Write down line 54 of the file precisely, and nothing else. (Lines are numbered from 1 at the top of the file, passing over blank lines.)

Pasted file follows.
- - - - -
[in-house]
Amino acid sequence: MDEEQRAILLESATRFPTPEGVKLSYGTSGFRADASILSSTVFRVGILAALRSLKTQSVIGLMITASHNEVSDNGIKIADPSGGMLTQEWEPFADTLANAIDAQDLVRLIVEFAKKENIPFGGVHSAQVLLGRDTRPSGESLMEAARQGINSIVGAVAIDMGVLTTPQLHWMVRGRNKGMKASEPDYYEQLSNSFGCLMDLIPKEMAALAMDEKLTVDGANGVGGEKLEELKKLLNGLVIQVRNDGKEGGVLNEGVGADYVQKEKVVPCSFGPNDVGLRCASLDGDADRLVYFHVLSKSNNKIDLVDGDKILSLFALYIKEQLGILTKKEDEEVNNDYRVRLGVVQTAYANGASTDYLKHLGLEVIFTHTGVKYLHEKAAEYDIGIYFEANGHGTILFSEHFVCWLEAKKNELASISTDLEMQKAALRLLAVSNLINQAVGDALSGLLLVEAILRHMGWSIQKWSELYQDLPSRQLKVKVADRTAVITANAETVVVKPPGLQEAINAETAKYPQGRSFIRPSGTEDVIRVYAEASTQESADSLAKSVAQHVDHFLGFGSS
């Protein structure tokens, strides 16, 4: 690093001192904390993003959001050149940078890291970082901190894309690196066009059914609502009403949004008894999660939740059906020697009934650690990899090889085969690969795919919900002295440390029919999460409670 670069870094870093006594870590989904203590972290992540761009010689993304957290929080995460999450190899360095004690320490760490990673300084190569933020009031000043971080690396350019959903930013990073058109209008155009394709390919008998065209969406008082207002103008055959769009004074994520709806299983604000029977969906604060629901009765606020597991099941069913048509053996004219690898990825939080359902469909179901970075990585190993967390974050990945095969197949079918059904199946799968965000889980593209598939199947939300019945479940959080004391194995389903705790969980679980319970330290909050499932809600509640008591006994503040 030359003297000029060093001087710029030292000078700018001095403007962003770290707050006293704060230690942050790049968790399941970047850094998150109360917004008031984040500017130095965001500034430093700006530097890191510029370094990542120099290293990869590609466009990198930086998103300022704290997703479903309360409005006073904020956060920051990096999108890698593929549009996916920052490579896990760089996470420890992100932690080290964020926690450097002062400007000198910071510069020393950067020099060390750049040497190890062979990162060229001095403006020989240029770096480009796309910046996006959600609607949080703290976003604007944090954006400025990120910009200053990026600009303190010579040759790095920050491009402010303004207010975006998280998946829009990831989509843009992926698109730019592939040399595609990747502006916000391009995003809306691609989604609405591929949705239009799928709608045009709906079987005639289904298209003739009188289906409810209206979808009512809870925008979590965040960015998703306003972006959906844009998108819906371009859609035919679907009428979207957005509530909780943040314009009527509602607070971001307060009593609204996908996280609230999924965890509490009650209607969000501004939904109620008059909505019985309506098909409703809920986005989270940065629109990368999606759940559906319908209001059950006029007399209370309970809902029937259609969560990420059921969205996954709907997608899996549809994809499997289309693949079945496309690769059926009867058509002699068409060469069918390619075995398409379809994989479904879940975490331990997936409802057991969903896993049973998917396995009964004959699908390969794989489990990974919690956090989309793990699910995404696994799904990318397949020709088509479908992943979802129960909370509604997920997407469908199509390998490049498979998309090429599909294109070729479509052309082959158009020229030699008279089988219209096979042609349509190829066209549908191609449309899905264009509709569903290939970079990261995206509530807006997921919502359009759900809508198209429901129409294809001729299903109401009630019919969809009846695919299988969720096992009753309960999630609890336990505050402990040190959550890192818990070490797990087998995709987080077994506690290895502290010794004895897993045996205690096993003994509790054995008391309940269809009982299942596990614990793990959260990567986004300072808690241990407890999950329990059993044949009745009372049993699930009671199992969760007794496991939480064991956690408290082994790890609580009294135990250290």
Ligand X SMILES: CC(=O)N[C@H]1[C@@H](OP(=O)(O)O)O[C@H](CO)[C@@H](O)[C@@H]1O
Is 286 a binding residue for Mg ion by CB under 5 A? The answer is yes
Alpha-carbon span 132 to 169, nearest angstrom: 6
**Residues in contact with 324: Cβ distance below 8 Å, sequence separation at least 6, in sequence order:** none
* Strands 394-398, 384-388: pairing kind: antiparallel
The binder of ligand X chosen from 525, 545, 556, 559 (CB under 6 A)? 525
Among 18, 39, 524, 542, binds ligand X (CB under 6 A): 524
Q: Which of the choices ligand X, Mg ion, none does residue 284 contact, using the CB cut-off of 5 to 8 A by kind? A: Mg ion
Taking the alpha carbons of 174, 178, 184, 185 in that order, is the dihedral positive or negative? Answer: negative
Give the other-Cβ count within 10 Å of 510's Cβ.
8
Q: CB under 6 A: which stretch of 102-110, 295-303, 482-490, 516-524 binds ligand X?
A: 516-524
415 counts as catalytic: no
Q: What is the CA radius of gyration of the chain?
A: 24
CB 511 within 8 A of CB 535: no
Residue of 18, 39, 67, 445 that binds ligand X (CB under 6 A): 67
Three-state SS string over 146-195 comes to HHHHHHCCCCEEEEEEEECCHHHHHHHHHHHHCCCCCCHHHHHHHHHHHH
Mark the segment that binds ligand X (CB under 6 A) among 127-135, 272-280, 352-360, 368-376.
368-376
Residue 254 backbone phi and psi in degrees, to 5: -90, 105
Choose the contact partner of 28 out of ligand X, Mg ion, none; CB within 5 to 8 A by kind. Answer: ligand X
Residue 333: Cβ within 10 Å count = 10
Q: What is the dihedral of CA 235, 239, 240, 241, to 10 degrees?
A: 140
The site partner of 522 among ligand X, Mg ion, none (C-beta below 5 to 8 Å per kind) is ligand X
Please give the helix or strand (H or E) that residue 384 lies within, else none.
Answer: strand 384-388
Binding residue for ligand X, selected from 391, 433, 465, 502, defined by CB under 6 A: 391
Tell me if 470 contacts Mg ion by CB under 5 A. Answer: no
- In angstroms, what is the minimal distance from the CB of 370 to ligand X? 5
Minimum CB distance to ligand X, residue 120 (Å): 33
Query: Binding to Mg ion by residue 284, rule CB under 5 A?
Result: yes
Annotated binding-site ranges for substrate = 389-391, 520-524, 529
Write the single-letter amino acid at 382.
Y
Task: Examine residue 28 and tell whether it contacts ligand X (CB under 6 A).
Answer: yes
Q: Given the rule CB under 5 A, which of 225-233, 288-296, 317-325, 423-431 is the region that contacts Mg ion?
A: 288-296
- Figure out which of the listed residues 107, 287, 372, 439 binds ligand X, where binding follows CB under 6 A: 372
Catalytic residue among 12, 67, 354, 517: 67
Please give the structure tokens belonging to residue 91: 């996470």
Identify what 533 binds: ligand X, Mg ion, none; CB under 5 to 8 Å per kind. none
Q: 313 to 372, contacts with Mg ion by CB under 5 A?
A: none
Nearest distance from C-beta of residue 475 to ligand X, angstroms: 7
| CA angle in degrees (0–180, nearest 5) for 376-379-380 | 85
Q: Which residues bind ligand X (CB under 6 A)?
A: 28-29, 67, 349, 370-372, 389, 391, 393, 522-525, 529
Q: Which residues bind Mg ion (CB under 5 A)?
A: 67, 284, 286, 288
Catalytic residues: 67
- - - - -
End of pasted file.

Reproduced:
Q: Which residues bind ligand X (CB under 6 A)?